Scientists from the Charles Darwin Foundation have been taking the census of penguins on Isabela Island and they’re concerned about the decline of the population to about 1,000 birds.
They blame global climate change for the problem–pumping up the weather pattern known as “El Niño” that warms Pacific Ocean waters and lessens the food supply for Galápagos wildlife.
“The problem is that climate change is making El Niño more frequent,” said Gustavo Jiménez of the Darwin Foundation, adding, “it’s making El Niño stronger than it used to be.”
A 2010 study by scientists at NASA’s Jet Propulsion Laboratory, Pasadena, Calif. and NOAA’s Pacific Marine Environmental Laboratory in Seattle, Wash. found that since 1982 the intensity of El Niños in the central Pacific, based upon sea surface temperatures, has nearly doubled. These scientists forecast that conditions will continue to intensify.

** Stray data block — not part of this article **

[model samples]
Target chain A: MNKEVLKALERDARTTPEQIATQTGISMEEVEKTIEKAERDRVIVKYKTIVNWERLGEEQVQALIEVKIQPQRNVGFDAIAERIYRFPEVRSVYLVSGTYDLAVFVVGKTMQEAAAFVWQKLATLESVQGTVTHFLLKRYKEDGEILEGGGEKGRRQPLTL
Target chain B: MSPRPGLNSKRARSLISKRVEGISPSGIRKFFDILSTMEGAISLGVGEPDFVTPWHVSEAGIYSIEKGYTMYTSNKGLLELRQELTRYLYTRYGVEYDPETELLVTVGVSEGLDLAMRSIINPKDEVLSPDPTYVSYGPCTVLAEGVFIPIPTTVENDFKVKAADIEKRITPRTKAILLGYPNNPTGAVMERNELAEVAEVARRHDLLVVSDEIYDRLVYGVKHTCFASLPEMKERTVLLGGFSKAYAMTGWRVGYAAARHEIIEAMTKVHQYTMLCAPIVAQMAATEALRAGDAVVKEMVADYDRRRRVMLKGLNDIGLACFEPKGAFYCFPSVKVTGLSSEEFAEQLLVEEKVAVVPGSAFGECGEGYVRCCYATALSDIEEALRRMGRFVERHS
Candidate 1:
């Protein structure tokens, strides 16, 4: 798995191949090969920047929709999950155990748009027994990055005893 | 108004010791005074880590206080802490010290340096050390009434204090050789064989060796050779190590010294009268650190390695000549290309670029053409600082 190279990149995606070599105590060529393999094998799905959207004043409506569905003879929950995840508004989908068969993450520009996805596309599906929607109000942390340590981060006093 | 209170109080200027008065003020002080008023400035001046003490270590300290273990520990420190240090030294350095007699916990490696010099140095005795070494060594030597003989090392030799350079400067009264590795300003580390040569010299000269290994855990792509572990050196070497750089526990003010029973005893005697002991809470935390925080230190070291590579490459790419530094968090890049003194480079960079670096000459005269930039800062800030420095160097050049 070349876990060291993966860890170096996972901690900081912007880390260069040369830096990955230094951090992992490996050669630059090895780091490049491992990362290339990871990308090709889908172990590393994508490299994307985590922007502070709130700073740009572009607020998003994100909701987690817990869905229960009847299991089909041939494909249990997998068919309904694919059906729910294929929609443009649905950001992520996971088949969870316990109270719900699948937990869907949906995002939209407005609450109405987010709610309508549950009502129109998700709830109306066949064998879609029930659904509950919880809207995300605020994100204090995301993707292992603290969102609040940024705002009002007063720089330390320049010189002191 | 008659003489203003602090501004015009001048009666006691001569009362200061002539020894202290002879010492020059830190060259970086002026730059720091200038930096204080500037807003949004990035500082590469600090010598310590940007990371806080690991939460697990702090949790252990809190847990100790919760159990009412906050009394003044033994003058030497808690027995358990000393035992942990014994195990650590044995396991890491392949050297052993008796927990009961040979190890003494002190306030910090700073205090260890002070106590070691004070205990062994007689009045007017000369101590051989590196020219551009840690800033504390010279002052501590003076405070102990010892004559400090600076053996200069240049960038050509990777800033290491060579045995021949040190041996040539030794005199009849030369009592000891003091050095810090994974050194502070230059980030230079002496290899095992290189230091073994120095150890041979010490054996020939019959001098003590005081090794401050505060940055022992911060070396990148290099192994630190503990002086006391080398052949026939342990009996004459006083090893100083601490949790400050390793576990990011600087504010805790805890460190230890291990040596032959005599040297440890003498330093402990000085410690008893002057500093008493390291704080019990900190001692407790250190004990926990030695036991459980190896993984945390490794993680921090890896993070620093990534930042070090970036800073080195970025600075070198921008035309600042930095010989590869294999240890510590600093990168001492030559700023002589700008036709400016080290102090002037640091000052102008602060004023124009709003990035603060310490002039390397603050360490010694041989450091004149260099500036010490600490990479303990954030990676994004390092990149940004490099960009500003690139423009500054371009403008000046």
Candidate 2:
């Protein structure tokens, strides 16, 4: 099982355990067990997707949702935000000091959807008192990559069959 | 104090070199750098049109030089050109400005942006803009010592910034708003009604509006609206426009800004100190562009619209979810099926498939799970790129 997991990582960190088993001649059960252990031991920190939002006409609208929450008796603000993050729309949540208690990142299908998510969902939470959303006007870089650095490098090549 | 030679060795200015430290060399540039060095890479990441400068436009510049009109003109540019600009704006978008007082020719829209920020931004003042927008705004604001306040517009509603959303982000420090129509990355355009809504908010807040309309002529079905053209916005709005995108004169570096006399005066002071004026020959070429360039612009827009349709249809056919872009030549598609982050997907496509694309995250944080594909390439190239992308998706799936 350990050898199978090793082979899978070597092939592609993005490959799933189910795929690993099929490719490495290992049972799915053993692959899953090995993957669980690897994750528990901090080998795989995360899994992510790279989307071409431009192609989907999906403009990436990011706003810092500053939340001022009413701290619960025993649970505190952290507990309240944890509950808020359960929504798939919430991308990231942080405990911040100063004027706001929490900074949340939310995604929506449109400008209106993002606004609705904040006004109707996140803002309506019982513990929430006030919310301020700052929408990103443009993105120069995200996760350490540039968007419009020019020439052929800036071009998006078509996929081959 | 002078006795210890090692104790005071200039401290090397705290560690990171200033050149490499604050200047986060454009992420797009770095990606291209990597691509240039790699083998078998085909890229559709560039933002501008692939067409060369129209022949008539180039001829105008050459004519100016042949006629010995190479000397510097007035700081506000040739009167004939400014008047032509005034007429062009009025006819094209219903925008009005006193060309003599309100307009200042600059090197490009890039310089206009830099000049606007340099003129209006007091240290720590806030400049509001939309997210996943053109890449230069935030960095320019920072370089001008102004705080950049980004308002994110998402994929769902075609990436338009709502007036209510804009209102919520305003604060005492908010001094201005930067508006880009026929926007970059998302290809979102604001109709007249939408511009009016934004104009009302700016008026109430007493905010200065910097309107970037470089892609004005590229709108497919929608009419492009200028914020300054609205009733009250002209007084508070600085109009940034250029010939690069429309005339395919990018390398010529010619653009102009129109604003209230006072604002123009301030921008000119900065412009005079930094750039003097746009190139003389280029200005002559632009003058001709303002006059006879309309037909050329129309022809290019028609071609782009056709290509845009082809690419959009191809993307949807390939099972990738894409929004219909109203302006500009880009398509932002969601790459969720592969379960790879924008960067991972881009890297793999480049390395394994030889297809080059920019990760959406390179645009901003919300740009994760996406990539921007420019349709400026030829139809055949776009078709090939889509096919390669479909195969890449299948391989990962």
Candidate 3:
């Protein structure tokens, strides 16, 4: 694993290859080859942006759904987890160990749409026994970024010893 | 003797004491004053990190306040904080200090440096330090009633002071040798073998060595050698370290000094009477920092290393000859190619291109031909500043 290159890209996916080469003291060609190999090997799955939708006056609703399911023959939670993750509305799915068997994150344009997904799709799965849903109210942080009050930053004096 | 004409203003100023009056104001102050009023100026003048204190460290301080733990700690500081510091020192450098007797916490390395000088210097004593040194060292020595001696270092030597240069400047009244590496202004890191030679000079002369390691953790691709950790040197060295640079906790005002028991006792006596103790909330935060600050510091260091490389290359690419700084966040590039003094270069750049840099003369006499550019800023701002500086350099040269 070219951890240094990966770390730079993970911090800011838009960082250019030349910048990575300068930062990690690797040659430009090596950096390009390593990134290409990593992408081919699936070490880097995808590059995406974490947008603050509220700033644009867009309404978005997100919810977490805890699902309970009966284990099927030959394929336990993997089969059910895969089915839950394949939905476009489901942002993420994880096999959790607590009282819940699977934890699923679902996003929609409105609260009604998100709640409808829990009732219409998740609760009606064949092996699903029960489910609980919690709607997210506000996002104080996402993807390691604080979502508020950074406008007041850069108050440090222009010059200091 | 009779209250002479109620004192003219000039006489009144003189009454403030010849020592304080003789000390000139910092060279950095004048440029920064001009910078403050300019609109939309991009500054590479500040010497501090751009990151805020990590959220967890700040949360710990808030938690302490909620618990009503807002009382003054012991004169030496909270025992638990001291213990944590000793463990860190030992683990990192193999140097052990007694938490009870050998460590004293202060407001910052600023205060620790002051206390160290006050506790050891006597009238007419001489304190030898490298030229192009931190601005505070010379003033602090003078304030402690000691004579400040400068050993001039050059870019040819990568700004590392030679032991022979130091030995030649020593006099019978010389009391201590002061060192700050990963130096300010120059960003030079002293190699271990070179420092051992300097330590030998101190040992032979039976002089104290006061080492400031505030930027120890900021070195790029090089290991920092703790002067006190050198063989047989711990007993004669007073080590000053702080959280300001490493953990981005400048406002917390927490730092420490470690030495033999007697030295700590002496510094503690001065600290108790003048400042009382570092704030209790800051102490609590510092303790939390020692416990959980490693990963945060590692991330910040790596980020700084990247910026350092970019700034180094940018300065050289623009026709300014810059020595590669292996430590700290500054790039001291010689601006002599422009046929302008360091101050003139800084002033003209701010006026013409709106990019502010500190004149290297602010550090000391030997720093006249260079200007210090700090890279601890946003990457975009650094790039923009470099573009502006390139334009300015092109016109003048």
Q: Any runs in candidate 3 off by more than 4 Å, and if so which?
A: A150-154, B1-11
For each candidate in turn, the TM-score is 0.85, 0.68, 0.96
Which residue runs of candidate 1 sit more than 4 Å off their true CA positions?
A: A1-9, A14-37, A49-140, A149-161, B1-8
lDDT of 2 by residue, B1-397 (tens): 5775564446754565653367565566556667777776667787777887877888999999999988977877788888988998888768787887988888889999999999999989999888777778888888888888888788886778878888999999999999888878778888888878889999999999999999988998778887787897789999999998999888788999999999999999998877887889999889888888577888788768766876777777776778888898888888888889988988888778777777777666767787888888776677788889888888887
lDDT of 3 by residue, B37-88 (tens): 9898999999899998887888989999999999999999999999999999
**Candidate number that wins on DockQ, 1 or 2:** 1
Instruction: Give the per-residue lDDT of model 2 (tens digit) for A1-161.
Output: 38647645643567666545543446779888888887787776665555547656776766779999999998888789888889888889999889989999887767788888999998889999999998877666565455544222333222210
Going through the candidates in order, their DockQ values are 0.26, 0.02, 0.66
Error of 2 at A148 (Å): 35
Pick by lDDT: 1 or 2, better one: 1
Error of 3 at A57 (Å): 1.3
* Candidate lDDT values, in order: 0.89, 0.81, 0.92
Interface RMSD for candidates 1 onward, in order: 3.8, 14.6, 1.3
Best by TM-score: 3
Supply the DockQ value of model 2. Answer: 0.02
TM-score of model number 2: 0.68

Galapágos boasts the only penguins in the Northern Hemisphere. Given the El Niño forecasts, keeping the penguins from becoming extinct is a major concern of the Darwin Foundation.
The islands are a UNESCO World Heritage site and home to flora and fauna found nowhere else in the world. But scientists estimate that one in five native plants as well as nearly 50 percent of the archipelago’s endemic wildlife are under threat from climate change.